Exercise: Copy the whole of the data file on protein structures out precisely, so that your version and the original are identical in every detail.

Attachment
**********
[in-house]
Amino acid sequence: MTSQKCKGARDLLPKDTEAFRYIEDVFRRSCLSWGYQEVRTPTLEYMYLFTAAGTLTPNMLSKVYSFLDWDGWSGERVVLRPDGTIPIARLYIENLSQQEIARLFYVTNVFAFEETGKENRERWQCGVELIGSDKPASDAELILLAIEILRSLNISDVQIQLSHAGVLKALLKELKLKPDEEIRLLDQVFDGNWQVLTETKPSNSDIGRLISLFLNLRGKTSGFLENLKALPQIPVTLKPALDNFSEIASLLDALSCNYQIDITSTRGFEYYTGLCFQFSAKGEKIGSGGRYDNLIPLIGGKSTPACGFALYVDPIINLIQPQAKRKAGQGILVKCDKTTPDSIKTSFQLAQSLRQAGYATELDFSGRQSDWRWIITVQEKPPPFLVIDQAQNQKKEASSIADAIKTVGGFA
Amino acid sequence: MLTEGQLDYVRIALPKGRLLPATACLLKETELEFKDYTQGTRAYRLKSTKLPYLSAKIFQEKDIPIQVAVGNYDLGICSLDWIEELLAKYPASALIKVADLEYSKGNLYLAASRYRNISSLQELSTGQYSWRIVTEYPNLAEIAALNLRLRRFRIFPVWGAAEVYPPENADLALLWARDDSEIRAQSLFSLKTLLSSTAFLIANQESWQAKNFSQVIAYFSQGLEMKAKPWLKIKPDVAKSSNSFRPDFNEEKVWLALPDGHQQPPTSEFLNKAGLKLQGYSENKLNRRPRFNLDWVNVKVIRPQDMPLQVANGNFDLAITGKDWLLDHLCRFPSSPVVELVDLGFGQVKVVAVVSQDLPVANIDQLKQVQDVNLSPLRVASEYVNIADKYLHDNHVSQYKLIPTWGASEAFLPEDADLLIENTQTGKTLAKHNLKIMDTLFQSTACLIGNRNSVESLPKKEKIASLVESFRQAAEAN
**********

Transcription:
[in-house]
Amino acid sequence: MTSQKCKGARDLLPKDTEAFRYIEDVFRRSCLSWGYQEVRTPTLEYMYLFTAAGTLTPNMLSKVYSFLDWDGWSGERVVLRPDGTIPIARLYIENLSQQEIARLFYVTNVFAFEETGKENRERWQCGVELIGSDKPASDAELILLAIEILRSLNISDVQIQLSHAGVLKALLKELKLKPDEEIRLLDQVFDGNWQVLTETKPSNSDIGRLISLFLNLRGKTSGFLENLKALPQIPVTLKPALDNFSEIASLLDALSCNYQIDITSTRGFEYYTGLCFQFSAKGEKIGSGGRYDNLIPLIGGKSTPACGFALYVDPIINLIQPQAKRKAGQGILVKCDKTTPDSIKTSFQLAQSLRQAGYATELDFSGRQSDWRWIITVQEKPPPFLVIDQAQNQKKEASSIADAIKTVGGFA
Amino acid sequence: MLTEGQLDYVRIALPKGRLLPATACLLKETELEFKDYTQGTRAYRLKSTKLPYLSAKIFQEKDIPIQVAVGNYDLGICSLDWIEELLAKYPASALIKVADLEYSKGNLYLAASRYRNISSLQELSTGQYSWRIVTEYPNLAEIAALNLRLRRFRIFPVWGAAEVYPPENADLALLWARDDSEIRAQSLFSLKTLLSSTAFLIANQESWQAKNFSQVIAYFSQGLEMKAKPWLKIKPDVAKSSNSFRPDFNEEKVWLALPDGHQQPPTSEFLNKAGLKLQGYSENKLNRRPRFNLDWVNVKVIRPQDMPLQVANGNFDLAITGKDWLLDHLCRFPSSPVVELVDLGFGQVKVVAVVSQDLPVANIDQLKQVQDVNLSPLRVASEYVNIADKYLHDNHVSQYKLIPTWGASEAFLPEDADLLIENTQTGKTLAKHNLKIMDTLFQSTACLIGNRNSVESLPKKEKIASLVESFRQAAEAN